Come in on Monday, October 26, at 10:30 a.m., and explore basic art materials with your child (ages 18-35 months). Help your child develop fine motor skills, self expression, and have creative fun using art processes! Be prepared to get messy. Register online at fcpl.org or call 301-600-7212.

B.A.T.S. at the Library: Since March, the library has been excited to be part of the University of Maryland’s Bat Acoustic Traveling Study (B.A.T.S.) research to determine bat activity and species in urban, suburban, and rural areas. During this family program, PhD and undergraduate students will share information about all the good things bats do in our community, and demonstrate how the bat detector box (with a microphone twenty feet up in the air) records high-frequency bat calls. Live acoustic demonstrations and audience participation (weather permitting). All ages are welcome. Program will be held on Thursday, October 22, from 6:00-8:00 p.m.

On Friday, October 31, from 2:00-3:30 p.m., our annual UN-Scary costume party returns. Your little ‘punkins’ are sure to enjoy our Fall-o-Ween games, crafts, and costume parade. Dress up or come as you are. Best for ages 3-8 years.

Whovians unite! Join us in time and space for an evening of games, trivia, prizes, food, and fun. Come dressed as your favorite Doctor Who character. This grand Dr. Who event is for tweens in grades 6-12, and will be held Thursday, October 29, 6:00-7:30 p.m.

James Rada, Jr.

20150714_103003 (2)The Cozy Country Inn and Restaurant may be gone, and the ground on which it sat smoothed over for the next business to occupy; however, it is not gone. One of the original cabins in which travelers stayed the night in the early twentieth century now sits on cinder blocks at the rear of the Thurmont Historical Society property.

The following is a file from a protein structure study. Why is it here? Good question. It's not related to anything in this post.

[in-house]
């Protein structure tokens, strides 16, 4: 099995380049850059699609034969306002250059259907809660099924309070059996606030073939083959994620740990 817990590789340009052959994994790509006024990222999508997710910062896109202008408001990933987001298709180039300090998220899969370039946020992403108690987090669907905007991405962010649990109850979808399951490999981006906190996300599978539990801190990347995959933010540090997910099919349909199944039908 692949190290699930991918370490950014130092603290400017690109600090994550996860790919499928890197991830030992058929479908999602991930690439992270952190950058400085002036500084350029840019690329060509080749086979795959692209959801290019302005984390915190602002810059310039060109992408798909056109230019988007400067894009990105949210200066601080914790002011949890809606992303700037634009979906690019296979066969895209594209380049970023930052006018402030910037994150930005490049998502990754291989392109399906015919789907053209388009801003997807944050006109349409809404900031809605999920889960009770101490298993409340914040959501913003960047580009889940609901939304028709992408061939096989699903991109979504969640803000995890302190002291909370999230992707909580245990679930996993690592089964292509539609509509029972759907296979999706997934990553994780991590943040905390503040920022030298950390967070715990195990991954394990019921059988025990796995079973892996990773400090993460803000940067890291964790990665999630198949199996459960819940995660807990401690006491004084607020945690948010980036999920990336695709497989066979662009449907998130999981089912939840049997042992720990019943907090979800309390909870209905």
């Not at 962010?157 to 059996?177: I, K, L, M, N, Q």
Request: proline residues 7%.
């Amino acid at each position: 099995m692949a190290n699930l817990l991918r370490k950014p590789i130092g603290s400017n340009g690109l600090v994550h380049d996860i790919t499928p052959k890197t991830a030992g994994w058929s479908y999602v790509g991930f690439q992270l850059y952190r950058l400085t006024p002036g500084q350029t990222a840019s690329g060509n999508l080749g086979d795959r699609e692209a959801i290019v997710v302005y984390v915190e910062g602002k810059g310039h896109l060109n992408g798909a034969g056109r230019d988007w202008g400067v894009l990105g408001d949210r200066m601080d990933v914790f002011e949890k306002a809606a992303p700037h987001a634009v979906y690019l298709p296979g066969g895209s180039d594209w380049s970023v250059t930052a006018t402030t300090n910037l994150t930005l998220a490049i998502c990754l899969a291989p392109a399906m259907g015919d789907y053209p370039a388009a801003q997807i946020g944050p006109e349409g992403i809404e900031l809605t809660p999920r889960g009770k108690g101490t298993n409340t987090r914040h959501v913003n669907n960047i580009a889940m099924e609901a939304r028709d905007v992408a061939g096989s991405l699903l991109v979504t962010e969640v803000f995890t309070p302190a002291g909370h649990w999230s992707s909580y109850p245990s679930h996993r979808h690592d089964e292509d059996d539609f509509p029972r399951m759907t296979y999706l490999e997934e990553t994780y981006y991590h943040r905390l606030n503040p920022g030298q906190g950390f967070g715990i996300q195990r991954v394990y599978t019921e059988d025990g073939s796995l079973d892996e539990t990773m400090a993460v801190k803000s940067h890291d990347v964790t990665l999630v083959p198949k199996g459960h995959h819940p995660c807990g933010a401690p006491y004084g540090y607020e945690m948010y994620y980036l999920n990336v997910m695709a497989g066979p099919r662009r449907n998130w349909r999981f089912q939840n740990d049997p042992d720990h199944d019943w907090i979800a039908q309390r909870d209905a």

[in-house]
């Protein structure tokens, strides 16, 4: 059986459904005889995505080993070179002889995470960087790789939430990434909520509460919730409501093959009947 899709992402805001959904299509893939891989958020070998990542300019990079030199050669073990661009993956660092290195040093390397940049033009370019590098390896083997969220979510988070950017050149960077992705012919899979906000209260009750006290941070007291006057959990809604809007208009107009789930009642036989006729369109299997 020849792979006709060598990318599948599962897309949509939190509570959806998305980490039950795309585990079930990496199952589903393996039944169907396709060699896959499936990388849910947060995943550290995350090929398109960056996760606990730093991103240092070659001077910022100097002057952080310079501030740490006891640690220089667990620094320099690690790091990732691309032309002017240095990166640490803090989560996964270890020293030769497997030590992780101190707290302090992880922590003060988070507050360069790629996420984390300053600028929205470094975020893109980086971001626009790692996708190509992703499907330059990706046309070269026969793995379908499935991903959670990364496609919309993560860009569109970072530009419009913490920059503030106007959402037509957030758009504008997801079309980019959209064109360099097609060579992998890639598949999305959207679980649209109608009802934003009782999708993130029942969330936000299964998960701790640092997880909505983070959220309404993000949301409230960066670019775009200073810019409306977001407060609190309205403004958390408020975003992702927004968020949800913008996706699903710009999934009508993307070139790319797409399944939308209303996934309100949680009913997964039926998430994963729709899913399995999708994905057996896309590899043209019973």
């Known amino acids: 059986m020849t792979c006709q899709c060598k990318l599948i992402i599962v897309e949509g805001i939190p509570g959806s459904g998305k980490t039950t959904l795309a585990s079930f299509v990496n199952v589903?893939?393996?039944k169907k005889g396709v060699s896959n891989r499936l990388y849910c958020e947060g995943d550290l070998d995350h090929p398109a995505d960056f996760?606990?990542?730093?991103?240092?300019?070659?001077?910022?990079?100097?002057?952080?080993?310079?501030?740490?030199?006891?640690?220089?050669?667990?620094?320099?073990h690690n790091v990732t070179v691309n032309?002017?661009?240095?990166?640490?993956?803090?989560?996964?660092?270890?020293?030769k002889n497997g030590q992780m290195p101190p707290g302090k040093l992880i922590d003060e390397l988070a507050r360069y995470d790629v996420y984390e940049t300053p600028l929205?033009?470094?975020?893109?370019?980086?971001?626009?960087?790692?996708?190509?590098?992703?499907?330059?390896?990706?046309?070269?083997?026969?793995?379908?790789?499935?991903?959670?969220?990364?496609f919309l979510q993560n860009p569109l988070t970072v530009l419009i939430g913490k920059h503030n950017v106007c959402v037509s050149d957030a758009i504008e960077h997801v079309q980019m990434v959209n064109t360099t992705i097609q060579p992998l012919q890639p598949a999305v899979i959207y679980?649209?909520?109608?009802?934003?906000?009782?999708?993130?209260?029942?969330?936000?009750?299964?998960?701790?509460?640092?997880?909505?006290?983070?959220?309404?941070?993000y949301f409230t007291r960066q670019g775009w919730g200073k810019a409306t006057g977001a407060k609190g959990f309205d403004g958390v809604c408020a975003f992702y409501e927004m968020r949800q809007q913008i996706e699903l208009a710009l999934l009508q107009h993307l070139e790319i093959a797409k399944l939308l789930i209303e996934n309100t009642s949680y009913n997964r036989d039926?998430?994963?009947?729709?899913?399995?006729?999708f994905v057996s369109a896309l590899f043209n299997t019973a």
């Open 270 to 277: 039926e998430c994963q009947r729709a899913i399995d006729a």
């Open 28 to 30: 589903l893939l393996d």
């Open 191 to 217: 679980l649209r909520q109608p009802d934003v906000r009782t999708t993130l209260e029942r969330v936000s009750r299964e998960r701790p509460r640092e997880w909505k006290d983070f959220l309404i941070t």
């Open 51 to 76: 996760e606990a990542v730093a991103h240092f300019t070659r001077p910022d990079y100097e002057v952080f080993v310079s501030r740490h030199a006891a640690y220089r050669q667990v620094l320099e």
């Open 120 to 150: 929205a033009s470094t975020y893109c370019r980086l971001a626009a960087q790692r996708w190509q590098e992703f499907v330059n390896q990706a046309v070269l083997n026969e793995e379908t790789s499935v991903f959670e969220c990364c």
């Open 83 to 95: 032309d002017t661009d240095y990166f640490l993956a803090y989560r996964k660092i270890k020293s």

The plan is to restore the cabin to its period appearance. That will take some work since the cabin was apparently being used as storage.

“Mel Poole is searching for metal bunk beds that we will put inside, along with a wash stand and a bowl,” said Thurmont Historical Society President Donna Voellinger.

The Cozy Country Inn and Restaurant began life as a gas station and tourist camp. Then Wilbur Freeze built small, 10 feet by 10 feet cabins that could sleep four.

“The cabins were used even after the hotel was opened,” Voellinger said.

Jerry Freeze donated the cabin to the historical society after the Cozy shut down earlier this year.

“We stepped in when the town didn’t want it, because Jerry really wanted it to stay in Thurmont,” Voellinger said.

However, accepting the cabin and getting it to the historical society’s property are two different things. The historical society started to raise funds to pay to have it moved, but they were still a long way off from their goal when it came time to move the cabin.

“Then along came Kirby,” Voellinger said, referring to Kirby Delauter. “He said, ‘Donna, I’ll move it.’”

Delauter’s business, W.F. Delauter & Son, was in the process of demolishing the old restaurant and buildings on Frederick Road. Delauter & Son used a large forklift to lift the cabin up and carry it slowly through Thurmont to the historical society at the end of May.

“They were so gentle in moving it that it didn’t even dislodge the bird’s nest on the corner,” Voellinger said.